In this case the little things really do add up.
Routine dental cleanings are important to maintaining good oral hygiene. Professional cleaning by a hygienist can remove mineralized plaque that may develop even with careful brushing and flossing, particularly in areas that are difficult to reach. It is recommended you go in for a cleaning once every six months.
How it’s done
You can expect your dental cleaning to last between 30 minutes and an hour. Typically, a trained hygienist will do the cleaning, and a dentist may come in for an exam at the end. Most people find that dental cleanings are painless, and do not cause any discomfort.
There are two important steps to a dental cleaning. The first step is scaling the teeth, whereby the hygienist will remove the plaque and tartar from the tooth surfaces. Typically, the hygienist will also clean the pockets of the gums to remove any plaque buildup there.
The second step is polishing to remove any final plaque and buff the teeth. Polishers generally have several different sized heads to clean hard to reach places.
Dental Exams and X-rays
Routine dental exams are important to maintaining healthy teeth and gums. Additionally, they can help to avoid the financial costs associated with large treatment plans later on. The Academy of General Dentistry recommends twice yearly checkups for people of all ages. At this frequency, most problems can be caught while they remain in an early stages.
How it’s done
The dentist first examines your mouth visually, using dental equipment such as mouth mirrors, assorted dental tools, and high-intensity lights. They will look for cracked and decayed teeth, as well as review other important items such as:
- Medical history: The dentist will assess how any new medical conditions or illnesses may affect your dental health.
- Examination of tooth decay: Your mouth will be checked for cracked or decayed teeth.
- Oral cancer screening: The face, neck, lips, tongue, throat, tissues, and gums will be checked for any signs of oral cancer.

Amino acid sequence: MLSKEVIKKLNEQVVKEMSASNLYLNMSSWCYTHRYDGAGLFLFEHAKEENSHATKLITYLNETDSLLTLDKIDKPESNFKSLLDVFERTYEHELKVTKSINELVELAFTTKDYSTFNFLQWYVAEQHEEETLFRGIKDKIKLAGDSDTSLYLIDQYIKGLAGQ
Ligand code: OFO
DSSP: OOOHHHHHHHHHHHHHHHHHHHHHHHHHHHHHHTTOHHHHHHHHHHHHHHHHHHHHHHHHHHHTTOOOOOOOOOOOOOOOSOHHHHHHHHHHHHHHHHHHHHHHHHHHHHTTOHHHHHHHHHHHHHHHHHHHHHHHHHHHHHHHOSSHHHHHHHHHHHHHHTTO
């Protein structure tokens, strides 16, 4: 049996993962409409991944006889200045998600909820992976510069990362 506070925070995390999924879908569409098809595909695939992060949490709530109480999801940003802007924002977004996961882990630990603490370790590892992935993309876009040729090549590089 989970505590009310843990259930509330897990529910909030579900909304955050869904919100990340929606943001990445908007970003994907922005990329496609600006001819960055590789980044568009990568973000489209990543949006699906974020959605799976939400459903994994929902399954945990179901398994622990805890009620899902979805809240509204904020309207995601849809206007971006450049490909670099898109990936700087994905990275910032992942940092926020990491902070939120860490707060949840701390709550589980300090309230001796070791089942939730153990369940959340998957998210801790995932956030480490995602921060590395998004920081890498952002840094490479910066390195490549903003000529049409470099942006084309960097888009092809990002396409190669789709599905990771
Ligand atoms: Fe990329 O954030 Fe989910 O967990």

- Gum disease evaluation: Your gums and bone around the teeth will be checked for any evidence of periodontal disease.
- Examination of existing restorations: Current fillings, crowns, and other restorations are made sure to be in good order.
Additionally, your dentist will take diagnostic x-rays to reveal any other hidden problems, especially in the areas below the gums. Bitewing x-rays are typically taken every 12 months and a panographic x-ray, which revolves around the head, is taken every 3-5 years.
When treating a cavity, the dentist will remove the decayed portion of your tooth and fill it with another substance. This procedure is called a filling. There are multiple options for the material to be used in the filling, the most common of which are composite fillings and amalgam fillings.
A composite filling is also known as a tooth colored filling, since the material used in the filling can be closely matched to the color of your teeth. Composite fillings provide good durability for small to medium cavities, and the procedure typically involves removing less of a tooth than you would during an amalgam filling. They are also particularly well suited for treating front or highly visible teeth because of their natural look.
When can a composite filling be used for?
- Decayed tooth (i.e. cavity)
- Chipped or broken teeth
- Decreasing the gap between teeth
How its done
After the dentist numbs the area where the filling is to be placed, he will remove any decayed portions. A substance is then applied to help open up the pores of your teeth for a stronger bond, and hardened and cured with a special light. Once this is complete, the filling is applied in thin layers to slowly form the complete filling. After the composite has hardened, the filling will be smoothened and polished to be comfortable and fit your bite.